them as almost the best trepures which I
"I hope you will be carried safely on your
way, and that you will do as much good where
you are going as you have done here. Once
more, my dear Miss ---, let me thank you
for all your kindness to me, and for the in-
struction which you have laboured to give
me. I trust you will yet see the fruit of these
labours; and that if we do not meet again in
this world, we may surely meet in heaven.
Such is the prayer of
"Your very afectionate Sabbath-sholar,
MArI Amn B--."

I have always been in the habit of wrttig
to my swholsa, and getting them to write to
me in return, in order to obtain a more free
and full expression of their sentiments; and
it was in consequence of my known practice
in this particular, that I received.the follow-
ing letter from a member of my class, a short
mime after Blisabeth's death. I give the letter
in her ow sincere and simple words.

"My dear Friend and Teaheur-Wil ye
wouse me for writing these few ims to yO,
I ant your direction and advice. Iknow the
Saviour is my friend, and I do hope I love
him, and try to please him. I did not care
any thing about him once, and I know that I
do now. I remember that he first loved me,
that he has died for me, and he has aid, 'I
love them that love me, and those that seek
me early shall find me.' Oh, how I long to be
happy, as dear Eliabeth E-- is. I know
that she is gone to Jesus, and I want to be
like her, that I may go to her; and, therefore,
I will try to seek forgiveness at the foot of the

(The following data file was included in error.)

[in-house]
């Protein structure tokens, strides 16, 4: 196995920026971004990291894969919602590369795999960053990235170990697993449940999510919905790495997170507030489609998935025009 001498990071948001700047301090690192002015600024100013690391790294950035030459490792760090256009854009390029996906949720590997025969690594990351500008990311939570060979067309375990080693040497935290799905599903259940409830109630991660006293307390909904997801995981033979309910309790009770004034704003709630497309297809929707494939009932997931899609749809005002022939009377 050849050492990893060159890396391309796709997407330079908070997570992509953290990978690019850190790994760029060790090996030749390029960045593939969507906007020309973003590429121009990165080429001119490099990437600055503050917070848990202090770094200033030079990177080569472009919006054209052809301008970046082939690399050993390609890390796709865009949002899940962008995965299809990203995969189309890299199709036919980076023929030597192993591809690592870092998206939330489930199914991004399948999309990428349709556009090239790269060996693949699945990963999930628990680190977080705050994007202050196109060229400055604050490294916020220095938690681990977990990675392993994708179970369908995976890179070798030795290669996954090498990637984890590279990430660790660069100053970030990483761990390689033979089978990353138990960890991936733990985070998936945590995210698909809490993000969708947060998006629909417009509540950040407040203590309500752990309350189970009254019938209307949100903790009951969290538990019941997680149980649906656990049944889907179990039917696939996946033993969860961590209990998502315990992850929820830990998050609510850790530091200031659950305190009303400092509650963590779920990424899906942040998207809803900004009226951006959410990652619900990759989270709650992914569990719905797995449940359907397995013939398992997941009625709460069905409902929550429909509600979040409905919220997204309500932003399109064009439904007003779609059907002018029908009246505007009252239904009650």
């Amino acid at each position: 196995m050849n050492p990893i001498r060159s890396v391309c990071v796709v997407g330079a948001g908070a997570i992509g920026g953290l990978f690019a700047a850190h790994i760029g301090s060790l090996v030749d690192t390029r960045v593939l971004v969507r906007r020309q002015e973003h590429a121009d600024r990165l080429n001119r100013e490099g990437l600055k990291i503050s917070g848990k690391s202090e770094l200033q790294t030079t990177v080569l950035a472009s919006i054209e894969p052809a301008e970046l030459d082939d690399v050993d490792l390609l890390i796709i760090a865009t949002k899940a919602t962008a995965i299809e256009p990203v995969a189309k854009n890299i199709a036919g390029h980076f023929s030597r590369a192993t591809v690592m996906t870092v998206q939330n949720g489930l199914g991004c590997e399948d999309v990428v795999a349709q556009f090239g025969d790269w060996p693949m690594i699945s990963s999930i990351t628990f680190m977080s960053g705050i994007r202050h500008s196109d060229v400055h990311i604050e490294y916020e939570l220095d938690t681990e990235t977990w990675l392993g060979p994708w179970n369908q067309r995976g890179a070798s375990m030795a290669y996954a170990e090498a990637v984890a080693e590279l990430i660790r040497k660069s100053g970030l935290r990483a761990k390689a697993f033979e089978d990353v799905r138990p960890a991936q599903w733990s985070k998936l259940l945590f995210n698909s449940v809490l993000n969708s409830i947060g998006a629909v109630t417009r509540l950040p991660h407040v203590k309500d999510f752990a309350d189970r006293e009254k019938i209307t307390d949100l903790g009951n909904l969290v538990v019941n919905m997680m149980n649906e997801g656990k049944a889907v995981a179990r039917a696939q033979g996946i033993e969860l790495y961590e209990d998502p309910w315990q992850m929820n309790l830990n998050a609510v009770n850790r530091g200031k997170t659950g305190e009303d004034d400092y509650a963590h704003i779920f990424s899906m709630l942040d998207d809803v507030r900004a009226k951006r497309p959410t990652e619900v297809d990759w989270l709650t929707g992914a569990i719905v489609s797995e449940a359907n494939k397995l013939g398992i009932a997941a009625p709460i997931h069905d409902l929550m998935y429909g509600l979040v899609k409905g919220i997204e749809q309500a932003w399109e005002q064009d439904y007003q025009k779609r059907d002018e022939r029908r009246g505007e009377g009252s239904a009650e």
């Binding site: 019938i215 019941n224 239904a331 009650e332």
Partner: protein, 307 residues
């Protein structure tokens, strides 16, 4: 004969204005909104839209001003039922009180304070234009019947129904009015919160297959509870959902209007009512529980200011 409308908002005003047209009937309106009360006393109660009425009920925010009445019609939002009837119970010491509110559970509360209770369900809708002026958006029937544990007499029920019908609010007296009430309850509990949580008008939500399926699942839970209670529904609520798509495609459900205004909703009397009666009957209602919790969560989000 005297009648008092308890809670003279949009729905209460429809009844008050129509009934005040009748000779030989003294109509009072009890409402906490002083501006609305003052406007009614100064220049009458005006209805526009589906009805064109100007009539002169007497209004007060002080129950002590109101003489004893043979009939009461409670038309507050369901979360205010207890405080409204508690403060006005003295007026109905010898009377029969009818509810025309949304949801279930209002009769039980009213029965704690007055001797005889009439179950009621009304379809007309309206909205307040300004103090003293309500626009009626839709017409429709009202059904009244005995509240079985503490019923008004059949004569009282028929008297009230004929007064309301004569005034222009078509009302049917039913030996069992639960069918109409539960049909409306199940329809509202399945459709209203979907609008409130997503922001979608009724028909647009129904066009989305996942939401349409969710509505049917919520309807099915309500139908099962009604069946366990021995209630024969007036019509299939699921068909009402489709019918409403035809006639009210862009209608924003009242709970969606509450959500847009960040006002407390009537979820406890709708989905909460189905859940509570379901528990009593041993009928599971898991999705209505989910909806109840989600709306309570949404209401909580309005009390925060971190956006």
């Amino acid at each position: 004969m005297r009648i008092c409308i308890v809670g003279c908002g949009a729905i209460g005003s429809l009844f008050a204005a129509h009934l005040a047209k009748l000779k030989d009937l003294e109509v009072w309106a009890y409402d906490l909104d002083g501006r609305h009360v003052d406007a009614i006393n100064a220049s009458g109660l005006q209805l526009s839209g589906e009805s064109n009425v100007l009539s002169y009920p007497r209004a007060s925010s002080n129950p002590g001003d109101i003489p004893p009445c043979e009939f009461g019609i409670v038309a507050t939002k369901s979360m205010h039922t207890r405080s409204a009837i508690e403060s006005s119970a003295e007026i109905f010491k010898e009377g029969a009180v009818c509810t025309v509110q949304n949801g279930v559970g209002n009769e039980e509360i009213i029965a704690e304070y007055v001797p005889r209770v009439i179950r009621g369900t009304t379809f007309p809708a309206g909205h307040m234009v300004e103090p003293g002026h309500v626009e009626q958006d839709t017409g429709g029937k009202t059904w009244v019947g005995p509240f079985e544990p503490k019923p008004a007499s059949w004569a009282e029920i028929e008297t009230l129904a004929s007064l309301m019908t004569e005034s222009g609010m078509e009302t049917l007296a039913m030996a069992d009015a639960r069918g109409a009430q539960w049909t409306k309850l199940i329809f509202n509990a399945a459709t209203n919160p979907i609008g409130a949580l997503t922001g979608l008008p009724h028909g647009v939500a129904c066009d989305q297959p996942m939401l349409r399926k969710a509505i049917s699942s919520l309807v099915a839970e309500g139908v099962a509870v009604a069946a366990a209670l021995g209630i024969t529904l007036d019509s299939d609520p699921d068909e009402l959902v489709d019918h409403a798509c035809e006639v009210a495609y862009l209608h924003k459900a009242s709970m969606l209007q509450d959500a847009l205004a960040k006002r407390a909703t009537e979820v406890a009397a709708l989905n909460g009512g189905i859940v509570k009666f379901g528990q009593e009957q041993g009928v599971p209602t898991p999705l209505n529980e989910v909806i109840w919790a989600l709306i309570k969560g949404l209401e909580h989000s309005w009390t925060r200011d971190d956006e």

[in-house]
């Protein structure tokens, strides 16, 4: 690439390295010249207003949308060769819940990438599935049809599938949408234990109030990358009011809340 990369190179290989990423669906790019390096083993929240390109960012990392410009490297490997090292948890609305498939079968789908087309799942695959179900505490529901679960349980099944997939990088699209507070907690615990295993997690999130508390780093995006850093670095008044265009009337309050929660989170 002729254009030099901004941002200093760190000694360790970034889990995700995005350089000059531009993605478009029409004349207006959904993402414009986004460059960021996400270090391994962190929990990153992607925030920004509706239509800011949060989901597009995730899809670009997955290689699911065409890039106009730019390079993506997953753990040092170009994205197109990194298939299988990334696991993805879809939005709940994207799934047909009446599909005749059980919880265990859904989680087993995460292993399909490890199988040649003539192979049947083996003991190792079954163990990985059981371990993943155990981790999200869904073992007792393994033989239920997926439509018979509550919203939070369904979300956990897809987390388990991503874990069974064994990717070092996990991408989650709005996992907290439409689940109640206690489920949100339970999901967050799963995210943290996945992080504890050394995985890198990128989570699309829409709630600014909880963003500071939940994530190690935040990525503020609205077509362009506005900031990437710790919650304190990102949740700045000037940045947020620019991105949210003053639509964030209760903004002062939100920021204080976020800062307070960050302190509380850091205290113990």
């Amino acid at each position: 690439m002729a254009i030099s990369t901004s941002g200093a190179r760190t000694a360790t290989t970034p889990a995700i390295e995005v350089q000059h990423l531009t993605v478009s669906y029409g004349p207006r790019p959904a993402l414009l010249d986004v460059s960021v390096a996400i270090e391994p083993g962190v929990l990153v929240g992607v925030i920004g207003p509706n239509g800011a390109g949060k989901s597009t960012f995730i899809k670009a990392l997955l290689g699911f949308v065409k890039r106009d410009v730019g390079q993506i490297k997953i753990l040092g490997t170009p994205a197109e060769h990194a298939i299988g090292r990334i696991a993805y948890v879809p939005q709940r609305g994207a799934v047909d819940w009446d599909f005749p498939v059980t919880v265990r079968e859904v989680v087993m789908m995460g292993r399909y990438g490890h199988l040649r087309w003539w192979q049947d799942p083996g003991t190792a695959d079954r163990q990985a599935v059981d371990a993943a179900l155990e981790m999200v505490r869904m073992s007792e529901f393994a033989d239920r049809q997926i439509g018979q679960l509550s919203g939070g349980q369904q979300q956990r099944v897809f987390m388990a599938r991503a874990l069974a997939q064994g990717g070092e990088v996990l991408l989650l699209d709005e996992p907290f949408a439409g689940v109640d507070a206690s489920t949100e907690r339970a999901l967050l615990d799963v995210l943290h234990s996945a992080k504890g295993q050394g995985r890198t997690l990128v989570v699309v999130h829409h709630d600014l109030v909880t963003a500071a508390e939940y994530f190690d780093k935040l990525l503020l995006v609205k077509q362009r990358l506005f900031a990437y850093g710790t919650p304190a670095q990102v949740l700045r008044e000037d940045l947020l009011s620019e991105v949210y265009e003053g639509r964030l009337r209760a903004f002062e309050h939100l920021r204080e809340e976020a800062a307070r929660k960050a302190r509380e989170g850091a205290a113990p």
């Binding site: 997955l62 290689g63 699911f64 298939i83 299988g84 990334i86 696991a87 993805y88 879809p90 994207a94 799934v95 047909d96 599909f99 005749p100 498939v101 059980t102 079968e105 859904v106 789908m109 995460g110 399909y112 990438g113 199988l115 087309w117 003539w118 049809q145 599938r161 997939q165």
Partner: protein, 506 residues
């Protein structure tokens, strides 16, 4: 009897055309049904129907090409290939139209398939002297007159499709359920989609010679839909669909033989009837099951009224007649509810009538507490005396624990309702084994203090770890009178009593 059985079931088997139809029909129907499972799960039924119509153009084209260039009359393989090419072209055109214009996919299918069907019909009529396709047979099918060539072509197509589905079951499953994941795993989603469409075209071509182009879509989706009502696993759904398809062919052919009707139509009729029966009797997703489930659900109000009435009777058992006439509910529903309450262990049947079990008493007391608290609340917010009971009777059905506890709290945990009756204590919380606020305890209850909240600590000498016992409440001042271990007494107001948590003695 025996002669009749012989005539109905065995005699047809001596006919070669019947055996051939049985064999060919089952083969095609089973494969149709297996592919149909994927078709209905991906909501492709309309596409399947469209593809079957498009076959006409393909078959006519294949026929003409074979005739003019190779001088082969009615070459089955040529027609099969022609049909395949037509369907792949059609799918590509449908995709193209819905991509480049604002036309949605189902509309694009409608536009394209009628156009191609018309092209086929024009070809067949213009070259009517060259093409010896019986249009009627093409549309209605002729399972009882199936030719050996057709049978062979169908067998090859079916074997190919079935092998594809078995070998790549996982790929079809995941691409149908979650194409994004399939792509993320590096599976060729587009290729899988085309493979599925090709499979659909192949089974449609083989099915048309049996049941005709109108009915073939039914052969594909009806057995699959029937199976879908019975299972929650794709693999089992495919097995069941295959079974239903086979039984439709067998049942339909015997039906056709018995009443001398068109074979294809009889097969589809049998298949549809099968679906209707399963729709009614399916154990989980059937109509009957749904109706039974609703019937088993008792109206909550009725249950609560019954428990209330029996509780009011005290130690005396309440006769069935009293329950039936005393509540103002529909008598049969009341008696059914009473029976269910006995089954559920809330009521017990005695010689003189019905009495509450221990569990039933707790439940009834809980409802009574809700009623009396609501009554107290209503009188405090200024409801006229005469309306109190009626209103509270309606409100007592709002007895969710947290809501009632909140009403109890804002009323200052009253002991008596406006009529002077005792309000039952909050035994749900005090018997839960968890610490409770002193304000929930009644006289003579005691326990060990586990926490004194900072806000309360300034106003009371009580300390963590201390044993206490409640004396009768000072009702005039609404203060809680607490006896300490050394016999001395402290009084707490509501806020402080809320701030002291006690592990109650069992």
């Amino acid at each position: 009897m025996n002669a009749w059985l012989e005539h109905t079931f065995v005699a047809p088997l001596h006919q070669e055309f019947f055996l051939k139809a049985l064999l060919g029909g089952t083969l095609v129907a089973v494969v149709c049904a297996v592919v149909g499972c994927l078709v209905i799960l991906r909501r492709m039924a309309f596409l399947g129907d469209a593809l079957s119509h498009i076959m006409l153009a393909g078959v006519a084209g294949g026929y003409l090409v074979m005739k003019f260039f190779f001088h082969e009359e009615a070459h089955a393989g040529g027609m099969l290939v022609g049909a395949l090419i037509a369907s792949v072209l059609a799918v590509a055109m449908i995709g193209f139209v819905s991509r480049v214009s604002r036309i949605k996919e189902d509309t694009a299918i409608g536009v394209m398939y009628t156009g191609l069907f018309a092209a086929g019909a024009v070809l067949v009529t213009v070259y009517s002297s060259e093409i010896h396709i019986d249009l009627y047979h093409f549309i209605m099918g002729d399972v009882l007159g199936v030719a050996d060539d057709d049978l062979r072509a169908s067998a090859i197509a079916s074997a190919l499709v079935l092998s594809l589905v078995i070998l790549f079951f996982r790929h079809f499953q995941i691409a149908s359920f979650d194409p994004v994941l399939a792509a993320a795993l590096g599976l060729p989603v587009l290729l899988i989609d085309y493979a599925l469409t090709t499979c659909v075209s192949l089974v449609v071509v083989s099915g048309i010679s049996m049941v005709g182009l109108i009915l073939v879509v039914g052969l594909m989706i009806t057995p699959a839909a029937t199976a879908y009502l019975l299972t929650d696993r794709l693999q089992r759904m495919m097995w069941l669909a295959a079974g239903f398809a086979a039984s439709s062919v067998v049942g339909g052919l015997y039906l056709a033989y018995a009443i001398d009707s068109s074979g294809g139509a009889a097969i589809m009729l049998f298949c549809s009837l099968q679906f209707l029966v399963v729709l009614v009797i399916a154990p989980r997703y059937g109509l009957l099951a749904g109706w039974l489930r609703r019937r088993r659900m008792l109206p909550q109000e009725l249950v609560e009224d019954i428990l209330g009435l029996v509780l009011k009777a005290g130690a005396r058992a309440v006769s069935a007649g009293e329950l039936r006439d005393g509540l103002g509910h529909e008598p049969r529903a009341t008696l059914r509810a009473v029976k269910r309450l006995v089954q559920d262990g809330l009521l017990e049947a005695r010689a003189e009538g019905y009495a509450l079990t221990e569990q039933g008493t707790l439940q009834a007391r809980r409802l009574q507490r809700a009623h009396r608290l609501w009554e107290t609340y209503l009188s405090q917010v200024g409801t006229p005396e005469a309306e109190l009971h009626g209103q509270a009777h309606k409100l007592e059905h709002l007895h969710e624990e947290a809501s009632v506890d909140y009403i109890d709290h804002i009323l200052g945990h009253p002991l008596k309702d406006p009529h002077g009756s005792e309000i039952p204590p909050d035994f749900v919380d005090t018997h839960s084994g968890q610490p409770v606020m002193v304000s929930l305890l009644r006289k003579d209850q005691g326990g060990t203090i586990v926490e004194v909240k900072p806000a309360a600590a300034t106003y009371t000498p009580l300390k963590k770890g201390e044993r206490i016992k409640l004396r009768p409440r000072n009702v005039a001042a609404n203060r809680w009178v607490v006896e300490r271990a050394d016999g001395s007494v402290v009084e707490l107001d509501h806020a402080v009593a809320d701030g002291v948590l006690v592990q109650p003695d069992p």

cross,as she did. I do pray earnestly to God
for his Holy Spirit to guide me through all
my life, to keep me from temptation and si,
and from beig led away by Satan, and to it
,me for eternity. 0
"I have tried often to pray, when I have
found it impossible to keep my thoughts from
wandering. Oh, how I long to be a holy and
prayerful Christian! Iknow that I must re-
pent before I can be a child of God, and I am
afraid to-think of putting of repentance tI
iA&th.haA. TTnr when Ansr Eliunsth E-

ws ill, she told me that if she had not sought
the Saviour while she had health, it would
probably have been too late for her to do so
when sickness came. She said to me very
often, 'Now is the accepted time and now is
the day of salvation.' I cannot describe the
joy which I feel in reading over your letter;
but I wish you would write to me again soon,
and tell me how I may enter, and keep on, in
the 'strait and narrow path that leadeth to
life everlasting.' I can say no more at pre-
"From your affectionate scholar,
ELax D---."

I have inserted these two letters, principally
for the purpose of showing the inflence of
ilisabeth's precept and example upon the
minds of her young companions; and prtly,
also, that teachers in the Snday-4ehool, who
have never been in the practice of writing to
their scholars, may thus be induced to give
the subject their serious consideration. In a
crowdedd 41sm, it is not practicable often to
4eak to scholars individually, respecting their

in feae

penreaa iseungu, ana o ox eOm may, acU
will frequently oooer, that the separate men-
ber of a class need to be conversed with per-
By a short letter which I received from
Mary Ann --, about two years after I left
England, I learned that their family had been
visited by a series of aflietions sinee I had left
them: that some time before, her father had
again returned from sea, sick, and with a
broken arm; that he had lingered for a long
time, and at length had died, giving evidence,
they hoped, of discipleship. I never obtained
any very clear information, however, upon this
point. I continued to hear of them, though
not from Mary Ann, until I received the fol.
lowing letter, which, as may be mrpposed, ]
read with feelings of no common interest.

Augut 18th, 1846.
"My dear and affectionate Teacher-I an
afraid, by my long silence, you will think '
have forgotten you, but the cae is very differ
ent; for you are often in my thoughts, ani
have been particularly so of late. I often i


eee me, and take much pleasure in reading